United States District Court, District of Columbia
C. Lamberth United States District Court Judge.
April of 2019, plaintiffs Fairholme Funds, Inc., et
al. ("Fairholme") subpoenaed thirty- seven
requests for production of documents ("RFPs") from
the U.S. Department of the Treasury ("Treasury").
Treasury has refused to comply with the subpoena, so
Fairholme has filed a Motion to Compel Compliance with
Subpoena to the U.S. Treasury for certain RFPs. ECF No. 103.
For the reasons set forth below, the Court will grant
plaintiffs Motion to Compel and require Treasury to produce
RFPs 1-8, 10-14, 15(a)-(d), 16-26, and 29-30.
the economic crash in 2008, Congress enacted the Housing and
Economic Recovery Act of 2008. Pub. L. No. 110-289, 122 Stat.
2654. This statute created the Federal Housing Finance Agency
("FHFA") and empowered it to act as conservator or
receiver of the Federal National Mortgage Association
("Fannie Mae") and the Federal Home Loan Mortgage
Corporation ("Freddie Mac"). The statute also
authorized Treasury to purchase securities issued by Fannie
Mae and Freddie Mac (collectively "the GSEs"). FHFA
exercised its statutory authority to place the GSEs into
conservatorship around the same time that Treasury entered
into Senior Preferred Stock Purchase Agreements
("PSPAs") pursuant to which Treasury invested
billions of dollars in the GSEs to keep them from defaulting
and to maintain their net worth at a positive level
("Net Worth Sweep"). See Perry Capital LLC ex
rel. Inv. Funds v. Mnuchin, 864 F.3d 591, 599 (D.C. Cir.
2017). In exchange for this investment, Treasury received
senior preferred stock with a liquidation preference,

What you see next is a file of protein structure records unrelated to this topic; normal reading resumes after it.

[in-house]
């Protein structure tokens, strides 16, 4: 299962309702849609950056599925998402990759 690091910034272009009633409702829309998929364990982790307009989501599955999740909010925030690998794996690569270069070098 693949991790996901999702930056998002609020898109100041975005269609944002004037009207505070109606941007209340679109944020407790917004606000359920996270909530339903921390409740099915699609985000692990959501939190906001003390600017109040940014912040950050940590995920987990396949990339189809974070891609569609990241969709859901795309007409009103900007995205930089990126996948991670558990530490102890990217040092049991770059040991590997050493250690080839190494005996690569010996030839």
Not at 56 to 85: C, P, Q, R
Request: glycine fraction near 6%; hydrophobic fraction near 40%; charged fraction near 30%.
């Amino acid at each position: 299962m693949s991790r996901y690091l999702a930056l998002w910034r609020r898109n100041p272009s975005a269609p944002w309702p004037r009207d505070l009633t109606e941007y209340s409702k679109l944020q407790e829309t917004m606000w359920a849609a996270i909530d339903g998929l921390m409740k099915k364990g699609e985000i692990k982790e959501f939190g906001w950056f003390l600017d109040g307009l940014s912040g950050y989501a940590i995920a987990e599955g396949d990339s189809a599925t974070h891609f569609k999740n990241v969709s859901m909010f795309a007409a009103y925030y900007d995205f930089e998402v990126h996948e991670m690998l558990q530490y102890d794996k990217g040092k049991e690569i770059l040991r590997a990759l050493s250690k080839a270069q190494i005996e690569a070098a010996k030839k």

warrants to purchase 79.9% of each enterprise's common
stock, commitment fees, and quarterly dividends as a
percentage of the liquidation preference of its senior
preferred stock. In 2012, Treasury and FHFA entered into the
Third Amendment to the PSPAs, thereby replacing the GSEs'
obligation to pay Treasury quarterly dividends at a fixed
rate with a variable dividend equal to the amount, if any, by
which the enterprises' net worth exceeds a 'capital
buffer. The Third Amendment also suspended the periodic
commitment fee that each GSE would otherwise owe to the
taxpayers for the remaining funding available to the GSEs for
as long as the variable dividend remains in effect.
Plaintiffs filed their original complaint challenging the
Third Amendment in 2013. ECF No. 1. This case is now on
remand following a decision from the United States Court of
Appeals for the District of Columbia, so only claims against
FHFA and the GSEs remain; Treasury is no longer a party to
this action. The ultimate issue in this case is whether
defendants are liable for breach of the implied covenant of
good faith and fair dealing.
Dispute Regarding Subpoena
served a third-party subpoena on Treasury on" April 9,
2019. Pursuant to an agreement between the parties, Treasury
responded via letter on May 10, 2019. The subpoena included
thirty-seven RFPs seeking information from July 1, 2008 to
January 31, 2014. Treasury determined that due to
Toughy regulations, Treasury and its employees could
not produce any documents without prior agency authorization.
See United States ex rel. Toughy v. Ragen, 340 U.S.
462 (1951). Treasury therefore denied the requests to produce
documents in response to thirty-six of the thirty-seven RFPs
as unduly burdensome, disproportionate to the needs of the